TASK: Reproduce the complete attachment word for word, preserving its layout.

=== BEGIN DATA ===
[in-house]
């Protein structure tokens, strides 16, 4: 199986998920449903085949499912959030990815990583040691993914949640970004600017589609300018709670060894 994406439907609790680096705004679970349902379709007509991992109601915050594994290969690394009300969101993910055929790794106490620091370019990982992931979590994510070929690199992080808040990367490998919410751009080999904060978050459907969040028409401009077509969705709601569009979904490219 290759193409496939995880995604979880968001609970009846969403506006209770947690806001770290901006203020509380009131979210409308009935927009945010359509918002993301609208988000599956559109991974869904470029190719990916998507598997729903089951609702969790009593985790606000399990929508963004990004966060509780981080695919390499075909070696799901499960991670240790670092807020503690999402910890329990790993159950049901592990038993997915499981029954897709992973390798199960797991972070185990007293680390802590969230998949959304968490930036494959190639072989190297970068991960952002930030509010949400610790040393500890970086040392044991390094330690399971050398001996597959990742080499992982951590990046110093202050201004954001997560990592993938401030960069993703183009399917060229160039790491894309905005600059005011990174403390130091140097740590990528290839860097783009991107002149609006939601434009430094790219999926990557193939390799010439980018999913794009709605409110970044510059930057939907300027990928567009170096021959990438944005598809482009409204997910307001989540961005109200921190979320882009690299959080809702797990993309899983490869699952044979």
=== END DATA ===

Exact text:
[in-house]
């Protein structure tokens, strides 16, 4: 199986998920449903085949499912959030990815990583040691993914949640970004600017589609300018709670060894 994406439907609790680096705004679970349902379709007509991992109601915050594994290969690394009300969101993910055929790794106490620091370019990982992931979590994510070929690199992080808040990367490998919410751009080999904060978050459907969040028409401009077509969705709601569009979904490219 290759193409496939995880995604979880968001609970009846969403506006209770947690806001770290901006203020509380009131979210409308009935927009945010359509918002993301609208988000599956559109991974869904470029190719990916998507598997729903089951609702969790009593985790606000399990929508963004990004966060509780981080695919390499075909070696799901499960991670240790670092807020503690999402910890329990790993159950049901592990038993997915499981029954897709992973390798199960797991972070185990007293680390802590969230998949959304968490930036494959190639072989190297970068991960952002930030509010949400610790040393500890970086040392044991390094330690399971050398001996597959990742080499992982951590990046110093202050201004954001997560990592993938401030960069993703183009399917060229160039790491894309905005600059005011990174403390130091140097740590990528290839860097783009991107002149609006939601434009430094790219999926990557193939390799010439980018999913794009709605409110970044510059930057939907300027990928567009170096021959990438944005598809482009409204997910307001989540961005109200921190979320882009690299959080809702797990993309899983490869699952044979």